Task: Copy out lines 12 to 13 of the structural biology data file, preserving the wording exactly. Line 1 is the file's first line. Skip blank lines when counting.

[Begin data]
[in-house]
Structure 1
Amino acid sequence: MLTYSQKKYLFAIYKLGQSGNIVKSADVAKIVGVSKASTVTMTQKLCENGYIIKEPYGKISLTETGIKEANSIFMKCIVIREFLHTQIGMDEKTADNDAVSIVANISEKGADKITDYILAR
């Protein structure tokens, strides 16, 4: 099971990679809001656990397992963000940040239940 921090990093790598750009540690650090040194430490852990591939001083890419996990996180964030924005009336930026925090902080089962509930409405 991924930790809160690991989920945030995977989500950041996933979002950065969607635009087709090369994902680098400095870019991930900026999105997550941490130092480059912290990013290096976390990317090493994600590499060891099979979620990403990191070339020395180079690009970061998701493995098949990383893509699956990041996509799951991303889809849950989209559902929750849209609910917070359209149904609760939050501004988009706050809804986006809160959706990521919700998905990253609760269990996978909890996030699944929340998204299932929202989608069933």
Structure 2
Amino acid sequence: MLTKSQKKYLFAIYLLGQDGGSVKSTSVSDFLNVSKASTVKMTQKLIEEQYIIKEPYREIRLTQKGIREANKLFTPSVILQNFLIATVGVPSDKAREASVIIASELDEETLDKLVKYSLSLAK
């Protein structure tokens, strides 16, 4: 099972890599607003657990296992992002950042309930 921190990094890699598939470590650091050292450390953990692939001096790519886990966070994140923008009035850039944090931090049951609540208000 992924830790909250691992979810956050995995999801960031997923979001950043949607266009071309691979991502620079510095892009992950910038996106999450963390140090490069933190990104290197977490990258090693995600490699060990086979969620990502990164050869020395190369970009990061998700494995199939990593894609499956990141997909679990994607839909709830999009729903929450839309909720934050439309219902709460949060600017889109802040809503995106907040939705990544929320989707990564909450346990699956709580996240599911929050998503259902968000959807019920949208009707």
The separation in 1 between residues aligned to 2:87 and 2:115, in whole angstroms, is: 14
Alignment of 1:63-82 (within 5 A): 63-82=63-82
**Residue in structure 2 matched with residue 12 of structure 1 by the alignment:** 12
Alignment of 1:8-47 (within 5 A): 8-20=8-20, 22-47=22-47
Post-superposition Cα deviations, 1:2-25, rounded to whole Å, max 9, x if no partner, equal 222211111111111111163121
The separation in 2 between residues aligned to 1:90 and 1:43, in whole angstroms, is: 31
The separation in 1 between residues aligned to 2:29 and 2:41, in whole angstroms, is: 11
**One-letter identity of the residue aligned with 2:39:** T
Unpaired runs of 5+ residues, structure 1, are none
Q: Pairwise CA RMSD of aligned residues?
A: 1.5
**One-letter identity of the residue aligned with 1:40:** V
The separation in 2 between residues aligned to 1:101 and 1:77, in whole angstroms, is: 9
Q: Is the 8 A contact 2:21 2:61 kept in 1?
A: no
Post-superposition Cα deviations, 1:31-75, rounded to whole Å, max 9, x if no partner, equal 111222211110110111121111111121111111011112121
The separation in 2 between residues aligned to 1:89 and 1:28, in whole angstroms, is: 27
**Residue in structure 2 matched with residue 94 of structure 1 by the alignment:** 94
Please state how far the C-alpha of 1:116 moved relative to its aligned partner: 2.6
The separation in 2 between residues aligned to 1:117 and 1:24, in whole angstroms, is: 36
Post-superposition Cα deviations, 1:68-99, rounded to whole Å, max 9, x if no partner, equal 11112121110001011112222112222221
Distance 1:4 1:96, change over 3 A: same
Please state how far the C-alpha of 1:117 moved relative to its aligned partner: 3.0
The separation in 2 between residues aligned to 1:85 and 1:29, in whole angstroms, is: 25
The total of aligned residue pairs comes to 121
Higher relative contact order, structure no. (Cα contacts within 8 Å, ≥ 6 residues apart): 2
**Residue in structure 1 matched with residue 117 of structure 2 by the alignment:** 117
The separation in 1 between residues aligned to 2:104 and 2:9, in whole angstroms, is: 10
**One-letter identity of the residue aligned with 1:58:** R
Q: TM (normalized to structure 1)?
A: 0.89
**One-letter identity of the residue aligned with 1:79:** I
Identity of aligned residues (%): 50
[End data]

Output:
Post-superposition Cα deviations, 1:2-25, rounded to whole Å, max 9, x if no partner, equal 222211111111111111163121
The separation in 2 between residues aligned to 1:90 and 1:43, in whole angstroms, is: 31